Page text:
A more efficient technique utilizes Binary Search to find both ends of the target presence. It essentially involves two separate runs of Binary Search — the first one locates the initial occurrence of the target, and the second finds the final occurrence. Each of these binary searches operates in $O(\log n)$ time, delivering a significantly more efficient solution.

To instantiate this solution, we create a helper function that carries out a specific type of binary search. When searching for the first instance, if our midpoint is the same as or higher than our target, we focus on the array's left half. Contrastingly, for the last instance, if the midpoint is lower than our target, our attention turns to the right half.

Here's how to accomplish this in Python:

Python`1def get_first_last_pos(nums, target): 2 def binary_search(left, right, find_first): 3 if left <= right: 4 mid = (left + right) // 2 5 if nums[mid] > target or (find_first and target == nums[mid]): 6 return binary_search(left, mid - 1, find_first) 7 else: 8 return binary_search(mid + 1, right, find_first) 9 return left 10 11 first = binary_search(0, len(nums) - 1, True) 12 last = binary_search(0, len(nums) - 1, False) - 1 13 if first <= last: 14 return [first, last] 15 else: 16 return [-1, -1]`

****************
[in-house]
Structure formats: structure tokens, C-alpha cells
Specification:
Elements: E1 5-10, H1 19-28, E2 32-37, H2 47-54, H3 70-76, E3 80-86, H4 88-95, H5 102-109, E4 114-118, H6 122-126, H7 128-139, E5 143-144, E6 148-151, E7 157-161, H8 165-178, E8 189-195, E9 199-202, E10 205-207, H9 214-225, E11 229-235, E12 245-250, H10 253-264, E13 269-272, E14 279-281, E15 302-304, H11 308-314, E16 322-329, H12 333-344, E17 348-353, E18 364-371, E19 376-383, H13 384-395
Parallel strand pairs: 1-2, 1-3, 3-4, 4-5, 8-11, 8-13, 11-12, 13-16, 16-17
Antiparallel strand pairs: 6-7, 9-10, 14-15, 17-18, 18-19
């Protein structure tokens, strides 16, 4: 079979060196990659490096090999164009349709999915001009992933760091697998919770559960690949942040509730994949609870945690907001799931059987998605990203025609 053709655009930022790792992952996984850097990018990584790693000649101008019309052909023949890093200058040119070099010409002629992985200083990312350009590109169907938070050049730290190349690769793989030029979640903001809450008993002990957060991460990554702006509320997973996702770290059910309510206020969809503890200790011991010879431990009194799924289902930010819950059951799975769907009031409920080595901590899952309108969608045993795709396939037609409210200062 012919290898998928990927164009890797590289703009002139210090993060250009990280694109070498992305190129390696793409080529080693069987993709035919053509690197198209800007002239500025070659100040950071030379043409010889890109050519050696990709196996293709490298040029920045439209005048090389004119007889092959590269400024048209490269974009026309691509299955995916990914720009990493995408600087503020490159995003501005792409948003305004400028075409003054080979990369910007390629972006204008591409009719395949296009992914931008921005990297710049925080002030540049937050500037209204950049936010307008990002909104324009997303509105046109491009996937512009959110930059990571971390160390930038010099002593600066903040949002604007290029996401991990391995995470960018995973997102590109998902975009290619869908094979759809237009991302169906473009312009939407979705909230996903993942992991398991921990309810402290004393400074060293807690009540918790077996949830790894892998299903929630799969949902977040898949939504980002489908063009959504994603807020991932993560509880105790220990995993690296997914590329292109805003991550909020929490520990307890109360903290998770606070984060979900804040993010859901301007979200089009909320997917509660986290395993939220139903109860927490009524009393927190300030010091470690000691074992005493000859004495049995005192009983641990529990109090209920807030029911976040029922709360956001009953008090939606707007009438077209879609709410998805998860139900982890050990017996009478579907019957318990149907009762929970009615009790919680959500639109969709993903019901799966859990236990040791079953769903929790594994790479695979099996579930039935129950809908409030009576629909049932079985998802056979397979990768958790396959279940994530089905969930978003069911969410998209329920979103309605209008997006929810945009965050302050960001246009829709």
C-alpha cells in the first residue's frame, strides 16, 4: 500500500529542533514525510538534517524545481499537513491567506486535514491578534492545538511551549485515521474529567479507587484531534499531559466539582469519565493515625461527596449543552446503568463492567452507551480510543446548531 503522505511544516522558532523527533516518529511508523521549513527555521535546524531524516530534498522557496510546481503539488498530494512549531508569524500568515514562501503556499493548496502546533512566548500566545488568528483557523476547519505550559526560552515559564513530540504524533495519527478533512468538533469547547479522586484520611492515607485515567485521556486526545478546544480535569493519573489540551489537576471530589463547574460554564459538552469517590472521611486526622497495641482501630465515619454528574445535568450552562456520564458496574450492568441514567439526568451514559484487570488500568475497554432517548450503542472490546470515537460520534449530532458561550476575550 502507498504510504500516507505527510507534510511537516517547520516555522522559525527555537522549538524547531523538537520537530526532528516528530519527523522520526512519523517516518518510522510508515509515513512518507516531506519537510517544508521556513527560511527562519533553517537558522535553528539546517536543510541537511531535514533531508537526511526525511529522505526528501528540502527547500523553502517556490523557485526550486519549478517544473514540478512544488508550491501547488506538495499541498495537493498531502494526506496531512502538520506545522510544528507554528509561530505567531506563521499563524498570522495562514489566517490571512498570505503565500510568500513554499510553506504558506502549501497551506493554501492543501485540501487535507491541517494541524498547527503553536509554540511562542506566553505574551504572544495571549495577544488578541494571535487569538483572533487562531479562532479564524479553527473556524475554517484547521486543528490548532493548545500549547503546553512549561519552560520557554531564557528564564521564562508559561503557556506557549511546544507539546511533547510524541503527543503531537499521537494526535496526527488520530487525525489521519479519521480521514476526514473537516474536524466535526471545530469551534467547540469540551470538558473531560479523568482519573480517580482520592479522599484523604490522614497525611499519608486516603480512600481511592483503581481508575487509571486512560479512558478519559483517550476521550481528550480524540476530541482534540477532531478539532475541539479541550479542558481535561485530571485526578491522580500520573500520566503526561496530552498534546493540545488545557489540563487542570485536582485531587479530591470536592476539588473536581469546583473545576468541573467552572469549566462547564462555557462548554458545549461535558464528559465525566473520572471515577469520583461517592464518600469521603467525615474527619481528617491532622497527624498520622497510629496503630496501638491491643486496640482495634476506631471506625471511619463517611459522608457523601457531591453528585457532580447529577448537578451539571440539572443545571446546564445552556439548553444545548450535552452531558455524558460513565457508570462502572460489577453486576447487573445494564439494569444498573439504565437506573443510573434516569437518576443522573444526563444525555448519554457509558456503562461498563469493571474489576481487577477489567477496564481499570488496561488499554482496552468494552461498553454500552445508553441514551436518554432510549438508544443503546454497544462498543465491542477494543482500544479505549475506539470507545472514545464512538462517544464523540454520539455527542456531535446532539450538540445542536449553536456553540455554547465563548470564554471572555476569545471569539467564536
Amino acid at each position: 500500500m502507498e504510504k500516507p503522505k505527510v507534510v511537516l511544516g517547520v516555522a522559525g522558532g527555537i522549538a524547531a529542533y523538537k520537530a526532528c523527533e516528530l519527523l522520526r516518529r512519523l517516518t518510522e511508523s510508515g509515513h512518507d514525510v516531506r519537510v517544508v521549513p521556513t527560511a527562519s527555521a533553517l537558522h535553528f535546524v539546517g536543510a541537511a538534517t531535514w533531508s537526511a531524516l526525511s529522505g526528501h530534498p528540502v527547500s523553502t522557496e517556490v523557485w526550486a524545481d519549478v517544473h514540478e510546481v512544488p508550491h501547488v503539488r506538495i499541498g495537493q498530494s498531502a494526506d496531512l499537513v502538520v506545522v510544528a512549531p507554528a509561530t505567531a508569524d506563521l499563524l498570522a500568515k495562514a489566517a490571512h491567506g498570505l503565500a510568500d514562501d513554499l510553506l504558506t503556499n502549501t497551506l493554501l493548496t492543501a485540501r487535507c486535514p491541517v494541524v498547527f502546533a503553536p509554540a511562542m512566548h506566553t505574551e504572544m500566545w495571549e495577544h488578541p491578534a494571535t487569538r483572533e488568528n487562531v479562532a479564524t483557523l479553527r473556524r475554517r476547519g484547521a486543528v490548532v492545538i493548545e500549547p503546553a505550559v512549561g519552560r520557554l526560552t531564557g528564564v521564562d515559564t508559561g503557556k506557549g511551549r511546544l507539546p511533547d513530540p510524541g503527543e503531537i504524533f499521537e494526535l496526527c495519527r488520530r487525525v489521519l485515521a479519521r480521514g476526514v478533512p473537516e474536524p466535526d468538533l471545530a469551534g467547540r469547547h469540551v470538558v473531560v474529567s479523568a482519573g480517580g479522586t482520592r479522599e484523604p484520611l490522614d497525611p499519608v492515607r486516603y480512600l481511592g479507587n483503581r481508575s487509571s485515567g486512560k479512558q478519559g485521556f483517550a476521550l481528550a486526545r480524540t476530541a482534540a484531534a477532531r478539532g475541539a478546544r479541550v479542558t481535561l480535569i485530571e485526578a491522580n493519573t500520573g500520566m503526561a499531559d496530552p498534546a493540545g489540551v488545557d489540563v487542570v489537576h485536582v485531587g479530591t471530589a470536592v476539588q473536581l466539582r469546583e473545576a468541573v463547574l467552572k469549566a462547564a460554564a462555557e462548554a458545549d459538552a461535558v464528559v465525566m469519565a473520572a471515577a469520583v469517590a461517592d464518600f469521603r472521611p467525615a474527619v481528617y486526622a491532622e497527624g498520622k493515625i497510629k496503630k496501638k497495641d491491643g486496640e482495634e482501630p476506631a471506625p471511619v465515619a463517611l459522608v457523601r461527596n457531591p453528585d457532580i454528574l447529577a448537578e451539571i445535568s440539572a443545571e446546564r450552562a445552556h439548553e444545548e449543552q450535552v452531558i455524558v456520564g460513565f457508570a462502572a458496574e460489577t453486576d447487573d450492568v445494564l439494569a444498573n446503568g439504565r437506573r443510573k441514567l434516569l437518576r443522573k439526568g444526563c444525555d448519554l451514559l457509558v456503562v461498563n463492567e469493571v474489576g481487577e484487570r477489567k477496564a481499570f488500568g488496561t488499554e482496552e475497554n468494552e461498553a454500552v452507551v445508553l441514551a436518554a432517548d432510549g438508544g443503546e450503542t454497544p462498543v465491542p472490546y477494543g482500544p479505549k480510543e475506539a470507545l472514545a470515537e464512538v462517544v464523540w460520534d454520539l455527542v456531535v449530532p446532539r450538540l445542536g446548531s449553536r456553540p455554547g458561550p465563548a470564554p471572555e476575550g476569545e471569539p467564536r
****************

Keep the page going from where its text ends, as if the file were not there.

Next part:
This function optimally utilizes binary search to locate the first and last appearance of a value in a sorted array.

**Note:** The implementation could be a little bit easier if we make it in two steps:

- Find the largest index
`left`

such that`nums[left] < target`

- that would be the index before the first occurrence of`target`

. - Find the largest index
`right`

such that`nums[left] <= target`

- that would be the last occurrence of`target`

.

The leftmost occurrence of `target`

in that case will be `left + 1`

, and the rightmost - `right`

. Can you manage to implement this alternative approach yourself?

Our task is to find or determine the index where a target should be inserted in a sorted integer list. Visualize a librarian's task of adding a new book to a properly arranged shelf. We'll do a similar thing but with numbers in a sorted list.

Example Application: To give this problem real-world relevance, picture a document management system where reports are sorted based on their IDs. Suppose a new report comes in, and it has to be placed in the correct position based on its ID. Here, our task mirrors the system's behavior - placing a number correctly in a sorted list.